A: When I wrote that, I could not picture in my mind’s eye a common situation in which men cooked for Shabbat. Indeed, in recent years there are more men who are happy to cook for Shabbat, and still, I debated whether or not I should change the wording for them. In a women’s class on Shabbat, attended by nearly a hundred women, I asked for their advice whether I should change the wording. Although most of them did not mind the previous choice of words, nearly half of them thought that if it was possible to change the wording without harming the flow of the passage, it would be preferable. Incidentally, this is my usual custom in cases of uncertainty about accepted norms and human judgment – to present a number of options to the participants, and ask them to vote for the one they prefer. Therefore, the residents of Har Bracha and the Yeshiva students are partners in the books I write.
With God’s help, in the upcoming editions, the wording will be as follows:
“When there are two options – to cook for Shabbat on Friday and be tired on Shabbat eve, or to cook on Thursday and refrigerate the food, and thereby enter Shabbat calmly – it is preferable to finish cooking on Thursday, leaving just a few preparations for Friday. This is because the main mitzvah is to honor and take delight in Shabbat, and to do so it is important to be alert and relaxed on Shabbat eve.”
Shalom Bayit and Kashrut
Q: Rabbi, following our wedding, a question arose. My father-in-law is a rabbi, responsible for providing kosher certification for factories, and in their house, they are very careful about mehedrin kashrut (strictly kosher), and don’t buy any products that are not mehedrin and certified by Badatz. On the other hand, in my parent’s house, there was never a great awareness of the differences between the different levels ofkashrut. They eat any product labeled “kosher”, and until now, this is was my custom. Currently, a disagreement has arisen about how we should conduct ourselves in our own home, and what to do when we visit our parents.
A: In general, someone who merited marrying the daughter of a rabbi who deals withkashrut, should respect his expertise and be careful to eat only food with mehedrin kashrut. If possible, you should choose eating products that he himself recommends as being on a higher level of kashrut. However, if he requests that you never eat any food that has amehedrin hechsher from a competing Badatz, or from a local rabbinate that has strictkashrut supervision – do not listen to him, because he is forbidden to disqualify other rabbis, and it is also forbidden for you to accept such invalidation. Similarly, we learned in theShulchan Aruch:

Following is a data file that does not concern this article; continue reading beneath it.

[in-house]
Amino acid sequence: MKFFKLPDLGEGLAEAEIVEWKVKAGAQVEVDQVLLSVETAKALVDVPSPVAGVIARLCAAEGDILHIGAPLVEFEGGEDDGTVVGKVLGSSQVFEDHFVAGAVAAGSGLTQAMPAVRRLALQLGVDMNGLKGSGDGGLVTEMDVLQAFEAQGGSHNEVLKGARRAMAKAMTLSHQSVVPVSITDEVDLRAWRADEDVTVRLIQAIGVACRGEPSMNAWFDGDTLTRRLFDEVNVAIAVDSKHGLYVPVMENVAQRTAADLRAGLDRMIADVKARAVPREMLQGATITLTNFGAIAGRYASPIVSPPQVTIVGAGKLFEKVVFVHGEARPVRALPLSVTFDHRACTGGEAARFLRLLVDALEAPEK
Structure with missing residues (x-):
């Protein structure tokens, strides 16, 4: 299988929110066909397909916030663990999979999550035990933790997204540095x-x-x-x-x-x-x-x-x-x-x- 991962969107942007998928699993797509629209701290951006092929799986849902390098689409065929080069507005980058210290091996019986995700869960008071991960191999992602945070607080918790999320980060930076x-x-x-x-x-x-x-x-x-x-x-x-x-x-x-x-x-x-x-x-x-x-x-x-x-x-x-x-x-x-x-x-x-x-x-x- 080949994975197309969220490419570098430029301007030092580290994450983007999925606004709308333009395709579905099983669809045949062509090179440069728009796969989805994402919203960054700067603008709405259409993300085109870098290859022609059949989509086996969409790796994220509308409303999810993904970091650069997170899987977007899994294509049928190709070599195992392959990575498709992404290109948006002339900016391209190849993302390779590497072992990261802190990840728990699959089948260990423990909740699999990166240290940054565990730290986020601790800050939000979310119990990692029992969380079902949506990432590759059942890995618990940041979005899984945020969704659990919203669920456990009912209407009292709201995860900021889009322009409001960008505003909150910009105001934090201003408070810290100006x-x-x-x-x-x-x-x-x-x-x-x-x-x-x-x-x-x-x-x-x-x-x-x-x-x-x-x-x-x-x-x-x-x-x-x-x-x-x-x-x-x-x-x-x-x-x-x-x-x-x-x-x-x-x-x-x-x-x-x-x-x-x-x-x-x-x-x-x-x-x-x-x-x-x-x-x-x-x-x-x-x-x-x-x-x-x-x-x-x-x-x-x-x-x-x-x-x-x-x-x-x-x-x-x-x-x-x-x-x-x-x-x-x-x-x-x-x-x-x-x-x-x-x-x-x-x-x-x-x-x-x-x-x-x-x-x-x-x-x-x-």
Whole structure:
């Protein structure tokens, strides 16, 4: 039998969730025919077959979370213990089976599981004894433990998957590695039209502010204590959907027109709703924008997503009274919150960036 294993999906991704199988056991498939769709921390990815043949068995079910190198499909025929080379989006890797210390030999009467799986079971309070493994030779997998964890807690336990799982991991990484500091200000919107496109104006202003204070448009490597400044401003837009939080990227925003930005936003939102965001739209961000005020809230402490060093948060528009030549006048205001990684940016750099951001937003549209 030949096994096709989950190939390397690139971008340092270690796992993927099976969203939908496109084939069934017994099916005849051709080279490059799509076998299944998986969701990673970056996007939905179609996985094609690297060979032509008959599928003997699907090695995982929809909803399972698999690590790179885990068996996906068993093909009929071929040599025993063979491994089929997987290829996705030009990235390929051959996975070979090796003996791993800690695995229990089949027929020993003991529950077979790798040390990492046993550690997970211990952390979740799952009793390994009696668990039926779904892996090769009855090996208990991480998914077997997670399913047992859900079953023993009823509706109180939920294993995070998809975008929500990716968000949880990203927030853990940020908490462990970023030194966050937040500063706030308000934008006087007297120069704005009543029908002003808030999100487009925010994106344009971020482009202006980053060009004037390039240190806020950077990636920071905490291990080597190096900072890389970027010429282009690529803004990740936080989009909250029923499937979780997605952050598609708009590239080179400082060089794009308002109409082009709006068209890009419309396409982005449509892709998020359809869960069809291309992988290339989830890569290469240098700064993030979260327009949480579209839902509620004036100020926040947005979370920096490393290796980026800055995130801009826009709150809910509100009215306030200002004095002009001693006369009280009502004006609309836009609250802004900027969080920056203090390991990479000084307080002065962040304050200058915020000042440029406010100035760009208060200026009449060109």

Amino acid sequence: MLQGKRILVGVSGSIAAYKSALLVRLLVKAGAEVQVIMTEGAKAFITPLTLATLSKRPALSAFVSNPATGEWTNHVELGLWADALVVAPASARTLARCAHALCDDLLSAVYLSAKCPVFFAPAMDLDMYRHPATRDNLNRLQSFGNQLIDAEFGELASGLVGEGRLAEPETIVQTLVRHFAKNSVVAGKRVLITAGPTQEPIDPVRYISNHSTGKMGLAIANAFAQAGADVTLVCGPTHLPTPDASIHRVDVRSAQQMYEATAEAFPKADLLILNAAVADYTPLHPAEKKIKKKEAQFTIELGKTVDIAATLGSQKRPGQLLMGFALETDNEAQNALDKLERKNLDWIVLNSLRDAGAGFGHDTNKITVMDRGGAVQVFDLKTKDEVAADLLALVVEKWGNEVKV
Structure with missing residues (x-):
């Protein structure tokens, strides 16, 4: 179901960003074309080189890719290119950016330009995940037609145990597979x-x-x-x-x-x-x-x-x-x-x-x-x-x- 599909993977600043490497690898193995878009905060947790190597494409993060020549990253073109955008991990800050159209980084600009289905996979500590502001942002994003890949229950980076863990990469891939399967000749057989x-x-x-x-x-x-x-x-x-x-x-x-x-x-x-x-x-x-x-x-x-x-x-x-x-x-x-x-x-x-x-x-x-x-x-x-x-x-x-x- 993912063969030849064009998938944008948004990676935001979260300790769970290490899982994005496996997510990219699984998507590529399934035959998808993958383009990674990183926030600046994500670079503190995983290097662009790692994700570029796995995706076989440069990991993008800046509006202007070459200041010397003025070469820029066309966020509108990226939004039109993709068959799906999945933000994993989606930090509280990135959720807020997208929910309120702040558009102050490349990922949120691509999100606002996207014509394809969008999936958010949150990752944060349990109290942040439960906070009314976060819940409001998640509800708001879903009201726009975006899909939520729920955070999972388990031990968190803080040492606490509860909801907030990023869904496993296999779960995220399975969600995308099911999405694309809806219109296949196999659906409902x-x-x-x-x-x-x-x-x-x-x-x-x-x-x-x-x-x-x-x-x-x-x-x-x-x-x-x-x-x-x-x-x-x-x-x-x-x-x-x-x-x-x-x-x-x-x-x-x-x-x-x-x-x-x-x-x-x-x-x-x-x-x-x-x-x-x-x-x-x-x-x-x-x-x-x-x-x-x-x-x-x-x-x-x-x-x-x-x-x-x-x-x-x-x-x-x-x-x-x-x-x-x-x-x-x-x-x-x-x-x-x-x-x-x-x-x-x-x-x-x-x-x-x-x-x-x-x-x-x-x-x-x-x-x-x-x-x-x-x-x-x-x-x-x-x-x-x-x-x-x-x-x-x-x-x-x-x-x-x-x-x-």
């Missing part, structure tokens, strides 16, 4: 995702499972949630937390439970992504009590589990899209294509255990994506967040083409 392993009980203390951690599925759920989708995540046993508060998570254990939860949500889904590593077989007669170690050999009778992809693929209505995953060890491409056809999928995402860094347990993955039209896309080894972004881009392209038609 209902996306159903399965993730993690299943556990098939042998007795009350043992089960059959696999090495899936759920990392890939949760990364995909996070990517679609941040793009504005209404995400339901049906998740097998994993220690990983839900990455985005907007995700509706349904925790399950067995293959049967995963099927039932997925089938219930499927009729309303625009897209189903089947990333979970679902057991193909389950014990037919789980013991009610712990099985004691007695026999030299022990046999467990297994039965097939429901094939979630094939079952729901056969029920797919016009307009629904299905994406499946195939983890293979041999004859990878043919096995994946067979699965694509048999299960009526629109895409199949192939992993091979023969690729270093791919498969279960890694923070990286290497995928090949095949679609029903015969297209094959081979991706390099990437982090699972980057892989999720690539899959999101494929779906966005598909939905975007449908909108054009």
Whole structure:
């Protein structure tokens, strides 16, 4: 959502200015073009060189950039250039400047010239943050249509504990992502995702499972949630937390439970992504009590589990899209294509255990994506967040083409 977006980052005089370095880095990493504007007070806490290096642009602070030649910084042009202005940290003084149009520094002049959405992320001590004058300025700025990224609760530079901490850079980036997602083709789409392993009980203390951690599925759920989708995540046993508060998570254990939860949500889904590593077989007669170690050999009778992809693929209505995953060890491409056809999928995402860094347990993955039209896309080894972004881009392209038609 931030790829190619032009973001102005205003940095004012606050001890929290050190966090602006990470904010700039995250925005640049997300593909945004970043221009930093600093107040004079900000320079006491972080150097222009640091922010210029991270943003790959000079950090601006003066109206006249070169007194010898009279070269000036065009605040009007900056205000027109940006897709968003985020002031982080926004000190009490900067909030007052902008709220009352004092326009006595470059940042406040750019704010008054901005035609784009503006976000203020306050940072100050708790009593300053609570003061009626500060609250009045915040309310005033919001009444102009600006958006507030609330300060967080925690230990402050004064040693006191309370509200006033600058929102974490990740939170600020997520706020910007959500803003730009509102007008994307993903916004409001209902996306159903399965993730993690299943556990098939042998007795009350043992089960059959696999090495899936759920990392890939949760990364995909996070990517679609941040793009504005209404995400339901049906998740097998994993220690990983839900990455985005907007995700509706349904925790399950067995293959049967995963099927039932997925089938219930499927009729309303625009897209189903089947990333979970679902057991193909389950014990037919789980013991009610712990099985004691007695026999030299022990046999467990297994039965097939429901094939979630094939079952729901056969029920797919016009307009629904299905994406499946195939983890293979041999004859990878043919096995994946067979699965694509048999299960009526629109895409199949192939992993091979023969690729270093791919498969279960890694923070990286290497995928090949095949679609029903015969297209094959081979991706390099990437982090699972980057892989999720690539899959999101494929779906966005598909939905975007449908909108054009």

“If a father tells a child to transgress the words of the Torah, whether a positive or negative commandment, or even a rabbinical ordinance, the child should not listen to him. If a father commands his son not to speak with so-and-so, nor to pardon him until a certain time, and the son would like to make up with the person immediately were it not for his father’s command, in such a case he should not be concerned by his father’s command” (Yoreh De’ah 240:15-16), because it is forbidden to hate a Jew. However, if your father-in-law personally knows about a certain product labeled mehudar, but in truth it isn’t, you should listen to him because this does not constitute a sweeping disqualification of a certain Badatz or rabbinate.
When you visit your parents, you should eat whatever they serve you because of kibud horim (honoring one’s parents). This was also the instruction of Rabbi Mordechai Eliyahu ztz”l, that even someone whose custom is to eat glatt, as should be according to Jewish law, when a son visits his parents and there is a fear they might be insulted – if the parents eat kosher, he should eat whatever they serve. This includes your wife.
If you think you can talk about this with your parents without hurting them, ask them to eat glatt meat, for this is the most important area in kashrut. And explain to them that both you and your wife have decided to be careful about kashrut mehuderet out of respect for your wife’s father, seeing as this is his field of expertise.
This article appears in the ‘Basheva’ newspaper, and was translated from Hebrew.